Session Type: Poster Session B
Session Time: 9:00AM-11:00AM
Background/Purpose: Patients with polyarticular JIA (pJIA) have a refractory disease course with increased risk for joint damage resulting in poor functional outcome and decreased quality of life. The highest risk is in patients who are younger at diagnosis. Therefore, it is important for patients to receive timely access to pediatric rheumatology for management. The objective of this study is to examine the association of social determinants of health (SDoH) on time from reported symptom onset (pain, joint stiffness, swelling) to first appointment with pediatric rheumatology in pJIA patients.
Methods: We retrospectively analyzed Childhood Arthritis and Rheumatology Research Alliance (CARRA) registry from July 2015 through February 2020. Inclusion criteria were USA residency and pJIA diagnosis with recorded >4 joints involved in first 6 months of disease, exclusion criteria were invalid zip code and additional diagnosis of systemic inflammatory or autoimmune disease. The SDoH we studied were family income, guardian’s highest level of education, and community poverty level. Demographics, approximate date of symptom onset, were queried. Five-digit zip-codes were used to extrapolate community poverty levels using 2014-2018 American Community Survey data. The Kaplan-Meier method was used to estimate rheumatology visit-free survival. The log-rank test was used to compare rheumatology visit-free survival between the SDoH. Cox proportional-hazards models were utilized to estimate hazard ratios for the outcome mentioned above, adjusted for age of diagnosis.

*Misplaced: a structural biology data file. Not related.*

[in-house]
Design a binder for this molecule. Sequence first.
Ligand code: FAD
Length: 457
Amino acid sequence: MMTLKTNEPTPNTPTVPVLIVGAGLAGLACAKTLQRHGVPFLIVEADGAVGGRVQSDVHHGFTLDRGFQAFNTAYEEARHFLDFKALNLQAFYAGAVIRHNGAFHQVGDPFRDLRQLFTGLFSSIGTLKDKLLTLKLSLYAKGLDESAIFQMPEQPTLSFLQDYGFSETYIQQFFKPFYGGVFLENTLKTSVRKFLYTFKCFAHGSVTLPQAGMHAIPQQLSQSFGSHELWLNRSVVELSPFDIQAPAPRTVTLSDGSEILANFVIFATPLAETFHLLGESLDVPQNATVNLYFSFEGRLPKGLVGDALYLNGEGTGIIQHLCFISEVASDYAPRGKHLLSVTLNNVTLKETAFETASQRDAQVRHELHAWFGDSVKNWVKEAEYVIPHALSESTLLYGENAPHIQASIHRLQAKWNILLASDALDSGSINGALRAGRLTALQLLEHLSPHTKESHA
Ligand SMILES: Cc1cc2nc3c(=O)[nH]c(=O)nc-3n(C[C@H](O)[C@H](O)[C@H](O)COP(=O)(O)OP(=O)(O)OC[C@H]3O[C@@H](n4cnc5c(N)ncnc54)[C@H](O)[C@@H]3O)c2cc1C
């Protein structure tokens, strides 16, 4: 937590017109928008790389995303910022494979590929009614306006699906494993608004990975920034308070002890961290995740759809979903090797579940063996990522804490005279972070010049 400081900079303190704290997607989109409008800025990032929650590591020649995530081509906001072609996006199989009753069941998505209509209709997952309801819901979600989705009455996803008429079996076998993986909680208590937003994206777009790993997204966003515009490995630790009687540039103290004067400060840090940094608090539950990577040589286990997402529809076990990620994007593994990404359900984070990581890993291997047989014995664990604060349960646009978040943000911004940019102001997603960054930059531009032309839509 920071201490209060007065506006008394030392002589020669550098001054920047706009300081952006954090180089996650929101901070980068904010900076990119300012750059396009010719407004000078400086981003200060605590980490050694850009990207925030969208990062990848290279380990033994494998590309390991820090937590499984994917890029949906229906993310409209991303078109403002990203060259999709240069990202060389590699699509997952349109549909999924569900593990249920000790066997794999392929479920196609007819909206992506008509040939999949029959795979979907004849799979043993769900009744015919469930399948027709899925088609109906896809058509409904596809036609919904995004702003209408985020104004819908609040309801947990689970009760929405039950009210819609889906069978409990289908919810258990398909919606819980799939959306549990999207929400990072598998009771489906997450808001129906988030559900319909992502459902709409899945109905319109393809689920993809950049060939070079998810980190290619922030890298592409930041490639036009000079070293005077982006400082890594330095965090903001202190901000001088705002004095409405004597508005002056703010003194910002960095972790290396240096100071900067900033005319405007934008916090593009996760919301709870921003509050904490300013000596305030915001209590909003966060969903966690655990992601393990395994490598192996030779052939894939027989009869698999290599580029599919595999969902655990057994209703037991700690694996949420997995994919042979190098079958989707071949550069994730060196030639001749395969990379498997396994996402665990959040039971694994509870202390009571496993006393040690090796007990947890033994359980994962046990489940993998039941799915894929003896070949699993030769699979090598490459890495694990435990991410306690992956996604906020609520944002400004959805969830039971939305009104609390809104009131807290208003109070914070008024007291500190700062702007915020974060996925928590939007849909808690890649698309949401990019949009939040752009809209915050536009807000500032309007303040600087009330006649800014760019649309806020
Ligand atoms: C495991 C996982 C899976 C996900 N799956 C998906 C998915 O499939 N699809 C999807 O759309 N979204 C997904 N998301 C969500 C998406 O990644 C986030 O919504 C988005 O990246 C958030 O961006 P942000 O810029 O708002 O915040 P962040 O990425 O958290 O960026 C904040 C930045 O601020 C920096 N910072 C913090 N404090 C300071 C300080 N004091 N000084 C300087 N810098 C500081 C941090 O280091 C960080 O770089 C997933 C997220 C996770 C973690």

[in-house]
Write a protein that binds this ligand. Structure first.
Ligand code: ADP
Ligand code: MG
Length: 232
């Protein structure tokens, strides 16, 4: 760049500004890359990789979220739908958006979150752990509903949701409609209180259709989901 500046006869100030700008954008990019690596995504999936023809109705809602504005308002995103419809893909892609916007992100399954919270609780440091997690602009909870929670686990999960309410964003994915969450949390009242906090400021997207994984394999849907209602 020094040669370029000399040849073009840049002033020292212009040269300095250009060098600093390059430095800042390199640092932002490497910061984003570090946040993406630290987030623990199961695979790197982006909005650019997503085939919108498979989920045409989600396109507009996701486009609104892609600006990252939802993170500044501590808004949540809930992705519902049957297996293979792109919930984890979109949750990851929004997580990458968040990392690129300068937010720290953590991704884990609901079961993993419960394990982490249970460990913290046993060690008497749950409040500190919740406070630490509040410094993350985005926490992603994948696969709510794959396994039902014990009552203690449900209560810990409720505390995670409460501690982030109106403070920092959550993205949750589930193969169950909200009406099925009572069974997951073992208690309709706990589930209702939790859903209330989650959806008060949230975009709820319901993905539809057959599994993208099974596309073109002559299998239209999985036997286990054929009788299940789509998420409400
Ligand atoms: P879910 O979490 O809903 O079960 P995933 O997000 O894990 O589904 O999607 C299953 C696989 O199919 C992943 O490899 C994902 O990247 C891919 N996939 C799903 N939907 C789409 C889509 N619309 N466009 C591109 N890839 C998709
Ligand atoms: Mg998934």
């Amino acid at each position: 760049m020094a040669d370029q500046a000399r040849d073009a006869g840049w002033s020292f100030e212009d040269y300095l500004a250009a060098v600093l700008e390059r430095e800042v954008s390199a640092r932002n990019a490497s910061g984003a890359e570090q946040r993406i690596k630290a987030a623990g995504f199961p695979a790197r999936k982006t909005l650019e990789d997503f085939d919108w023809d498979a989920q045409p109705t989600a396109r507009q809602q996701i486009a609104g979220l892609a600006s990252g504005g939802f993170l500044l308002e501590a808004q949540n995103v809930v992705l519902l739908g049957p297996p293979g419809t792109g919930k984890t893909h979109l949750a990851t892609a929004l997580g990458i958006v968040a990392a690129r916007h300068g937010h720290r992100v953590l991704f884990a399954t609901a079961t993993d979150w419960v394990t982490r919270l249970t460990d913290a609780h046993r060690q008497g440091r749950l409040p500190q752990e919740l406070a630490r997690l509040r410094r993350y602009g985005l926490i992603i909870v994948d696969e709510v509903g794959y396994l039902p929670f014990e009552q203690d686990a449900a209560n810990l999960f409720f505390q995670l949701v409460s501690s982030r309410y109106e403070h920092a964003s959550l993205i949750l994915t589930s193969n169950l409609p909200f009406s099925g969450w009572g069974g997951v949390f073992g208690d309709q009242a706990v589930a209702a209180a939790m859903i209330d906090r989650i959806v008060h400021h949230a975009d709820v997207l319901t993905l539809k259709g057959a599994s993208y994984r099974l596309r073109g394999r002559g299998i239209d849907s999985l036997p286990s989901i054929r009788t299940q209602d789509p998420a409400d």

Results: 1684 patients fit criteria for this study. Demographics are listed in Table 1. Twenty percent of patients had missing time to first appointment. The median time from symptom onset to first pediatric rheumatology visit was 3 months (IQR: 1,6). Kaplan-Meier curves showing the probability of first rheumatology visit for time from symptom onset are shown in figure 1. Children with family reported income in the range of $25,000-49,999 were likely to have longer time to first appointment (unadjusted HR 0.76, CI 0.6-0.97, p = 0.025). These relationships remain consistent when additionally adjusted for age at diagnosis (table 2). Guardian’s highest level of education, and community poverty level did not affect the time to first appointment.
Conclusion: Family reported income, guardian education, and community poverty did not impact time to first appointment. Children within the income bracket of $25,000-49,999 may have less access to subspecialists, transportation, or advocacy compared to other children. Ascertainment bias into the registry may skew the cohort to a wealthy and educated population. Recall bias on symptom onset is possible. Future directions for research include stratification of community poverty levels and evaluation of public vs private insurance on time to first appointment.
To cite this abstract in AMA style:Balmuri N, Cooley V, Gerber L, Goodman S, Mehta B, Onel K. Social Determinants of Health and Time to First Pediatric Rheumatology Appointment in Polyarticular Juvenile Idiopathic Arthritis [abstract]. Arthritis Rheumatol. 2020; 72 (suppl 10). https://acrabstracts.org/abstract/social-determinants-of-health-and-time-to-first-pediatric-rheumatology-appointment-in-polyarticular-juvenile-idiopathic-arthritis/. Accessed February 26, 2021.
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ACR Meeting Abstracts - https://acrabstracts.org/abstract/social-determinants-of-health-and-time-to-first-pediatric-rheumatology-appointment-in-polyarticular-juvenile-idiopathic-arthritis/